Feeds

Facebook's marketing goldmine may be crock of shite

Just add the Disappointment Widget

The essential guide to IT transformation

Several times a year I receive emails congratulating me on my age from websites. It's very thoughtful of them to do this - but then it's not often they get the opportunity to market to a genuine silver surfer, like me. You see, I'm actually 112 years old. Or 103. Or 107. And several ages in-between.

Yes, I'm one of those people who, since the outset of the web, when asked for the year of my birth, simply left it at "1900".

Although that makes me the "go-to guy" for incontinence cures, I reckon it's a small price to pay. And I'm not alone, according to a survey that reaches us via the British Computer Society.

Thirty-one per cent of users of social networking services enter false information into the sites to protect their identity, according to Emedia.

(Mind you, Emedia conducted the survey using something called RapidResearch, which it describes as "a quick and snappy online survey tool that enables highly targeted snapshot canvassing of opinion from senior managers across UK industries". So given that it was online, maybe those respondents were lying, too?)

The sample size is so small (100) to render the results worthless, but if the trend is corroborated, it will have lasting significance for Facebook, and the clutch of wannabee social networking sites.

Much of the hype surrounding Facebook - and it's tipped to be the biggest tech IPO since Google - is founded on its ability to monetise those 150 million users. For if at the cold, cold heart of Web 2.0 is a data collection and warehousing exercise, then Facebook has the most valuable database outside the Googleplex. Evidently lots of marketers agree - and activity around the Facebook API is frenetic today.

But what if that information is worthless?

It depends on what you're trying to do with it. If you're selling tangibles directly - such as concert tickets or photo prints - it's like shooting fish in a barrel. For example, iLike boasts 850,000-odd users for its widget which lets you see what concerts friends are going to, then offers you the chance to buy tickets. TicketMaster is an investor to the tune of $15m, and must be one of the best investments it's made. As a retail channel, social networking sites are good, as long as the audience is there.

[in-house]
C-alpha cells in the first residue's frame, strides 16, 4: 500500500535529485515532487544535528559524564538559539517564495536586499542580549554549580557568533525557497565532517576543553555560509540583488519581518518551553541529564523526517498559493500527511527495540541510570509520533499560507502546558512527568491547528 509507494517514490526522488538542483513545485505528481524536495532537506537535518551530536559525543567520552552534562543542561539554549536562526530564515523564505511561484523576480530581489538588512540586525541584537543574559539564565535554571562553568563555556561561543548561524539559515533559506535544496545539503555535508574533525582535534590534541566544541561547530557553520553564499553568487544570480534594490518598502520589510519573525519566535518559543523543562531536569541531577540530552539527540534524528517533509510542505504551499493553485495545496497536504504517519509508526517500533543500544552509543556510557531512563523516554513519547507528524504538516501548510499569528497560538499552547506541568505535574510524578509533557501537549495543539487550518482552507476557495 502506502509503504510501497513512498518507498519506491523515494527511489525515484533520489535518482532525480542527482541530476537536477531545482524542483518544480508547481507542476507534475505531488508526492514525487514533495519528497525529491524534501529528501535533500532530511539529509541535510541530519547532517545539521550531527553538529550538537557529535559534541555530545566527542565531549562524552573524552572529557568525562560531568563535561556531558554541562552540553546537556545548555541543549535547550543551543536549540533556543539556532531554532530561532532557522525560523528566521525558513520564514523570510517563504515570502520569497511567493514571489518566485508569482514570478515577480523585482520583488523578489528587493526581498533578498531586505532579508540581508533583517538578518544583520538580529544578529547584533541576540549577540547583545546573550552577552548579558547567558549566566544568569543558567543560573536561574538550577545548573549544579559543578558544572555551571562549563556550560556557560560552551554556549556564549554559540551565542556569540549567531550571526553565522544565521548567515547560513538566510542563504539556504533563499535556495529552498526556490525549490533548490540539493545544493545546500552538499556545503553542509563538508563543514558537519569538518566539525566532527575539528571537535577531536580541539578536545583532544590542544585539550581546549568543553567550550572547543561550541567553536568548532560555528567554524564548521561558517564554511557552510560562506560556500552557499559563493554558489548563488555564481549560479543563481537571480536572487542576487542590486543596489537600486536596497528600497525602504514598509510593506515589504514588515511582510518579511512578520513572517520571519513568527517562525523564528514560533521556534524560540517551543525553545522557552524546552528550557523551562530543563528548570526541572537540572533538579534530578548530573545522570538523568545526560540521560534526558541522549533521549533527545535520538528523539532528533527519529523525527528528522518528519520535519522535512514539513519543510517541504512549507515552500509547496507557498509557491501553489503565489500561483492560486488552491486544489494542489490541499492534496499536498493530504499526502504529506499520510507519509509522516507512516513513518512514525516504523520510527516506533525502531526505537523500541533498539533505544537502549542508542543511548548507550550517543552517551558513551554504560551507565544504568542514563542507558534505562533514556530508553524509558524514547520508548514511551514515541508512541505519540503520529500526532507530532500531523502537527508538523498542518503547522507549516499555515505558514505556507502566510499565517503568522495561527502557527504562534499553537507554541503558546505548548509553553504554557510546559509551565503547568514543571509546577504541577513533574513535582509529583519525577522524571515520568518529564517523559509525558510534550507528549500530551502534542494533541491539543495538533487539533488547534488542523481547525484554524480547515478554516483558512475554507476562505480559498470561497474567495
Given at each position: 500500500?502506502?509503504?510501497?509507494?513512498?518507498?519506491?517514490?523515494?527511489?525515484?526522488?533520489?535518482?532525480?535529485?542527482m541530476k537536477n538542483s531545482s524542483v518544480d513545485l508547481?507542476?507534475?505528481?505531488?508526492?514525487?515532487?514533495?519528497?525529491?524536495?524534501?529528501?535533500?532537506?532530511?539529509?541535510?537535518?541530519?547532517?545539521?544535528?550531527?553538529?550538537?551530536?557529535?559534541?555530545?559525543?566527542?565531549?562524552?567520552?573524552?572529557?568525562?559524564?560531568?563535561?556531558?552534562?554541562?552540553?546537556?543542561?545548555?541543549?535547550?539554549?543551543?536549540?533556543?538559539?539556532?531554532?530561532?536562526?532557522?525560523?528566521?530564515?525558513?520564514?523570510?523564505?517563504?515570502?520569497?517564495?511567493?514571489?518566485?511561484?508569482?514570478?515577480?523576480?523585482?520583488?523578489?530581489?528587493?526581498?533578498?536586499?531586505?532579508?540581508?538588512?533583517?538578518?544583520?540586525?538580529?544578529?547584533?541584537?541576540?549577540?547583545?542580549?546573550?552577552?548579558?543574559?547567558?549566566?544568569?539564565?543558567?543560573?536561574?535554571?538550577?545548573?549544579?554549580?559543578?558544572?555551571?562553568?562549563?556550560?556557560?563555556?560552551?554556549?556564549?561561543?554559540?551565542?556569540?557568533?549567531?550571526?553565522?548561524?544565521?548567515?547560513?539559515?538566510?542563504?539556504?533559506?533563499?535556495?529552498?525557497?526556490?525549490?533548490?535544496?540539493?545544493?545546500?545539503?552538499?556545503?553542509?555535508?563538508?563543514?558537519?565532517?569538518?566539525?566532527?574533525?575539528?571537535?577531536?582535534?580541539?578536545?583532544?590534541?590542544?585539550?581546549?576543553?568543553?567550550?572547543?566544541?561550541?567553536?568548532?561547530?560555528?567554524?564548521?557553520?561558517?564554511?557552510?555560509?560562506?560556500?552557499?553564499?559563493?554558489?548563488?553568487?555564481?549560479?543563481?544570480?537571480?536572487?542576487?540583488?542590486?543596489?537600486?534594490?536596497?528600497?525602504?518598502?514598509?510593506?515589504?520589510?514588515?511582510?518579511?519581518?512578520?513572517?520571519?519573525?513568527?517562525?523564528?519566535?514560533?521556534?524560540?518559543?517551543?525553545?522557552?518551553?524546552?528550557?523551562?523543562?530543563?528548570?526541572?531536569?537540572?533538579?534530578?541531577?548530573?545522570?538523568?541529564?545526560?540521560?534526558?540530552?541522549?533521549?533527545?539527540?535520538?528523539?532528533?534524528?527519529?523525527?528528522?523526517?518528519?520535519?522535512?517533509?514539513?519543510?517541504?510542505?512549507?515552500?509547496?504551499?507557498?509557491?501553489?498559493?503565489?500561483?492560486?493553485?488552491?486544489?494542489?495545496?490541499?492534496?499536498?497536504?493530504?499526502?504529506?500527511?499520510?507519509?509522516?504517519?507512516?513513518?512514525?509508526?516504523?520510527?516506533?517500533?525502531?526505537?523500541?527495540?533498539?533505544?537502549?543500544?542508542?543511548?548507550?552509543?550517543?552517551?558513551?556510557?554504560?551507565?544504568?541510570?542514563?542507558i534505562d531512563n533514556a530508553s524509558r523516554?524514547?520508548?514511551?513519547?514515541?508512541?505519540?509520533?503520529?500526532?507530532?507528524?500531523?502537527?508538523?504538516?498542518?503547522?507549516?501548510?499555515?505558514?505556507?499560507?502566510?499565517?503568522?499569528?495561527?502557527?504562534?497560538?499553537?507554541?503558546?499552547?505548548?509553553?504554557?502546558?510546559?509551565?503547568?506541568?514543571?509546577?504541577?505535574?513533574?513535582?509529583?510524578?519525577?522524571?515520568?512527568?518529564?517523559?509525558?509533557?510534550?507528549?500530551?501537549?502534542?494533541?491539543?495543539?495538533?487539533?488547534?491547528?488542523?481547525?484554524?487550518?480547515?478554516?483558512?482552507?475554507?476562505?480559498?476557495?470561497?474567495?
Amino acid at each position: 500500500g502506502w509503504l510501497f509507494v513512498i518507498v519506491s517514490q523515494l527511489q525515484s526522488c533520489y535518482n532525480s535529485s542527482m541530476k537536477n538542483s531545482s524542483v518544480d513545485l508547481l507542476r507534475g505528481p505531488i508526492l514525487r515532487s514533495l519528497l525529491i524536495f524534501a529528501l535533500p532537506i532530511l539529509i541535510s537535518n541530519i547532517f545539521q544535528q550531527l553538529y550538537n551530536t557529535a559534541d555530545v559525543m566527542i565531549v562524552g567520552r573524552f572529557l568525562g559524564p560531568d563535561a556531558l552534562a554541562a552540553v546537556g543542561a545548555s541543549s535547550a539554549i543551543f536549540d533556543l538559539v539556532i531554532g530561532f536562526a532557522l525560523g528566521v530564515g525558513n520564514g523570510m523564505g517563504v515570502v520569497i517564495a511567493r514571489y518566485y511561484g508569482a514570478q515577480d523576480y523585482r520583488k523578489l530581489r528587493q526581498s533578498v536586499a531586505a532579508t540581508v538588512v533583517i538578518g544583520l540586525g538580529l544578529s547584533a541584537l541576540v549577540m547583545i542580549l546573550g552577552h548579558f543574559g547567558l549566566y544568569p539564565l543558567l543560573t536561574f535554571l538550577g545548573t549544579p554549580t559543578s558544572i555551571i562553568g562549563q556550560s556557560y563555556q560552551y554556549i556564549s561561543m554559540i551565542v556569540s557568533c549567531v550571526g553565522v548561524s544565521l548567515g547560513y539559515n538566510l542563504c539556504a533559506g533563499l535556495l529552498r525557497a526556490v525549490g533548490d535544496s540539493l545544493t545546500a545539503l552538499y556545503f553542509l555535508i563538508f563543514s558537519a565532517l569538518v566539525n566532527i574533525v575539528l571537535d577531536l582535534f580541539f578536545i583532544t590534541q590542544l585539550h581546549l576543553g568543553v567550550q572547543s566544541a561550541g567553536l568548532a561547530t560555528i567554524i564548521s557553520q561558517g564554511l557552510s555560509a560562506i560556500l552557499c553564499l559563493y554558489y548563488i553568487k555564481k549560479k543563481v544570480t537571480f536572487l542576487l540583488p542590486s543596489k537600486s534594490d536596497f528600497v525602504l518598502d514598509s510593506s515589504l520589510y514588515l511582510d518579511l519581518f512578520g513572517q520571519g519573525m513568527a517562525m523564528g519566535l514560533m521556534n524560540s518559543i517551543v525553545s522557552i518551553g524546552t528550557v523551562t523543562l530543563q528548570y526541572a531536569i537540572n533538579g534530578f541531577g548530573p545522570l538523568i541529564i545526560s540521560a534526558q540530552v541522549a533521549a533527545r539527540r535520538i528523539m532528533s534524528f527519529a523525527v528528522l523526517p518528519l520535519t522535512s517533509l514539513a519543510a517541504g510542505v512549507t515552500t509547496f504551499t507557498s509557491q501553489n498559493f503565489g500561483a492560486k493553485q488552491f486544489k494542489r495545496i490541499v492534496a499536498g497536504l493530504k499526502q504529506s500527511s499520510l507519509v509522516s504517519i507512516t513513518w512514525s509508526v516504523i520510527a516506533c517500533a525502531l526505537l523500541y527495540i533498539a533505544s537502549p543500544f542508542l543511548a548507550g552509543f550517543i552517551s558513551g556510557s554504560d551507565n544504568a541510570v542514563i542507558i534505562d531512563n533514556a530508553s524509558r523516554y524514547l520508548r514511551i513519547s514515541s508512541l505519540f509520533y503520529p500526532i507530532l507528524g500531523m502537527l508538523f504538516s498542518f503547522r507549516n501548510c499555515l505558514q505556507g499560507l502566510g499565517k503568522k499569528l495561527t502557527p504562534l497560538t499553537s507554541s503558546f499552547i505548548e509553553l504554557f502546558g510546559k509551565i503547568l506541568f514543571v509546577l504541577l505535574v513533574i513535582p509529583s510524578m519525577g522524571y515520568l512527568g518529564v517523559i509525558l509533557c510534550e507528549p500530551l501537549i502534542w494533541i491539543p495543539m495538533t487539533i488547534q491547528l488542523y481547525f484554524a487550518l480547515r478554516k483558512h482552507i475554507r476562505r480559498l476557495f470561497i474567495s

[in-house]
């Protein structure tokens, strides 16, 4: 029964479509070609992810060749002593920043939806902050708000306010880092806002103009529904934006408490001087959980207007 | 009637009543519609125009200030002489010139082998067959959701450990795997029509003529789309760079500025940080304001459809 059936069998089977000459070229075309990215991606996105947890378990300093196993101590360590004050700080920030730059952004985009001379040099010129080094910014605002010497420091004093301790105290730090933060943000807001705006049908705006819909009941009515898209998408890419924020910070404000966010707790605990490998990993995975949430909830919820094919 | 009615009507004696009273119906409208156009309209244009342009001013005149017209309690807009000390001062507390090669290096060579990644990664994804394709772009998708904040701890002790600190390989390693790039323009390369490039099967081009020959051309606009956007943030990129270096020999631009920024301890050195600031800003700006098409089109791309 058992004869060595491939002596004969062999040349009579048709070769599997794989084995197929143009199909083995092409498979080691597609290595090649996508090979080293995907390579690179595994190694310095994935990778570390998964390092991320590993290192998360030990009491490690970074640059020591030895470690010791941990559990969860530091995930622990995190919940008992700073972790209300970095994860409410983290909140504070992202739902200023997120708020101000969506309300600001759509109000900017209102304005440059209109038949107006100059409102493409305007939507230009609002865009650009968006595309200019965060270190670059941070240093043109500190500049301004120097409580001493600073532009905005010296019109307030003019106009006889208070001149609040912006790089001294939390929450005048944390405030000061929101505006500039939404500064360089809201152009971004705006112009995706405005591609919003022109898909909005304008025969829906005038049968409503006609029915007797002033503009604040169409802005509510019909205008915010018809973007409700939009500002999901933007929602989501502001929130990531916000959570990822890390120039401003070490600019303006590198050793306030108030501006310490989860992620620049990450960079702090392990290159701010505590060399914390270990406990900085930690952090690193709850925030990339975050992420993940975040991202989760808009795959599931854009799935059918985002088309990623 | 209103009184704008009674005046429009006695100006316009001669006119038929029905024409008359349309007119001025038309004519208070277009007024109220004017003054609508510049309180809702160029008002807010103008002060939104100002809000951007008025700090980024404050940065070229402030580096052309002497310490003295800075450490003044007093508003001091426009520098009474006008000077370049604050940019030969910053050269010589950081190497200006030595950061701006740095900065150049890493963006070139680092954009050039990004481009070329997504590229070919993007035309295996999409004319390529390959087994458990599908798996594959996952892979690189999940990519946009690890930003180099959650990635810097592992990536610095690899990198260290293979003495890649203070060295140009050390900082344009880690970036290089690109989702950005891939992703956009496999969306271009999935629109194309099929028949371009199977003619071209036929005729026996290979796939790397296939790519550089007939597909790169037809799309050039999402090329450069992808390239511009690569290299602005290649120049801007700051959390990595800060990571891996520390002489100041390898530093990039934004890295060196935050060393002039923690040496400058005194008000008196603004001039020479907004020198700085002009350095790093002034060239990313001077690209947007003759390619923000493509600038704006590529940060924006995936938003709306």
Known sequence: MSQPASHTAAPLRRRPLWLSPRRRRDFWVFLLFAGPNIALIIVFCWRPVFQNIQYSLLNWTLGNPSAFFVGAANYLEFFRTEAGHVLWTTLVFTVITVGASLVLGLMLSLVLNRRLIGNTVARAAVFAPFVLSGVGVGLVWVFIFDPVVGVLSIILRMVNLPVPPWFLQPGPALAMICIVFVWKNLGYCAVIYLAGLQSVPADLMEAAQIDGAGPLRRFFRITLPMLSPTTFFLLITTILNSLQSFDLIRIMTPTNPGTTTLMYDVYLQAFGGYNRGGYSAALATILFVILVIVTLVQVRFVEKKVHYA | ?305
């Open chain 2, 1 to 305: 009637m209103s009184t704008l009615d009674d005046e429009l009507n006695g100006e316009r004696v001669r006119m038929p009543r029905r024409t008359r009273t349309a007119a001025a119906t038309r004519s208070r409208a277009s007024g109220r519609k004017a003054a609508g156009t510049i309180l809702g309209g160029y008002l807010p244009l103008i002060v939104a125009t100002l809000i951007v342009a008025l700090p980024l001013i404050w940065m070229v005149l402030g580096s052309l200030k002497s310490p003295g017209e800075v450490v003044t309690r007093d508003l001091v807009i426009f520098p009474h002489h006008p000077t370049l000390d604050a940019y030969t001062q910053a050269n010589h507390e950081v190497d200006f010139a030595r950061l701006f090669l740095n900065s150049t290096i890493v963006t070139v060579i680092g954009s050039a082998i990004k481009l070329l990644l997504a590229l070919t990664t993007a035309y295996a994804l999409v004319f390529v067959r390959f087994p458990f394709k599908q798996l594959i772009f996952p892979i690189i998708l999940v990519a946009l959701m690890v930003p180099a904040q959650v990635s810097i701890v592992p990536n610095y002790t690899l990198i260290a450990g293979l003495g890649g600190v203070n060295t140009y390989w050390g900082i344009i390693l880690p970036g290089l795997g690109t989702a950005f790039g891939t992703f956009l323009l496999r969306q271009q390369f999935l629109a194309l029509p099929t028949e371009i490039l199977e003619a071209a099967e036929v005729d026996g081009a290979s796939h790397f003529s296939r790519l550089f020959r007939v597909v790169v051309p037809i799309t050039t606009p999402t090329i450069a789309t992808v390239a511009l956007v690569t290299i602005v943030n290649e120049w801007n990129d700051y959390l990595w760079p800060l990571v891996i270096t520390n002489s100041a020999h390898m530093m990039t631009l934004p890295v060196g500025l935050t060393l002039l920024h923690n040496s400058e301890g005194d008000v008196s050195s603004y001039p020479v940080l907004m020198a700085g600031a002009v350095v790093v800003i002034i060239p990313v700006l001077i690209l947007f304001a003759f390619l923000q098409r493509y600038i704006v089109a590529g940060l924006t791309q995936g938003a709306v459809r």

But if you're looking for "market intelligence", then you're going to be sorely disappointed. The web can tell us what we already know, the bleeding obvious - people get more drunk at weekends, for example, or talk about Harry Potter books more frequently when there's a new Harry Potter book out. But if you want to infer anything more sophisticated, the Hive Mind is no help at all.

It's all quite heartening, really. The more the web utopians insist that it's a truer version of ourselves - in some marketing circles, "getting" the web is considered almost as useful as growing a Third Eye - the more we make it otherwise.

Now where's my Horlicks? ®

The essential guide to IT transformation

More from The Register

next story
Apple promises to lift Curse of the Drained iPhone 5 Battery
Have you tried turning it off and...? Never mind, here's a replacement
Mozilla's 'Tiles' ads debut in new Firefox nightlies
You can try turning them off and on again
Linux turns 23 and Linus Torvalds celebrates as only he can
No, not with swearing, but by controlling the release cycle
Scratched PC-dispatch patch patched, hatched in batch rematch
Windows security update fixed after triggering blue screens (and screams) of death
This is how I set about making a fortune with my own startup
Would you leave your well-paid job to chase your dream?
prev story

Whitepapers

Endpoint data privacy in the cloud is easier than you think
Innovations in encryption and storage resolve issues of data privacy and key requirements for companies to look for in a solution.
Implementing global e-invoicing with guaranteed legal certainty
Explaining the role local tax compliance plays in successful supply chain management and e-business and how leading global brands are addressing this.
Advanced data protection for your virtualized environments
Find a natural fit for optimizing protection for the often resource-constrained data protection process found in virtual environments.
Boost IT visibility and business value
How building a great service catalog relieves pressure points and demonstrates the value of IT service management.
Next gen security for virtualised datacentres
Legacy security solutions are inefficient due to the architectural differences between physical and virtual environments.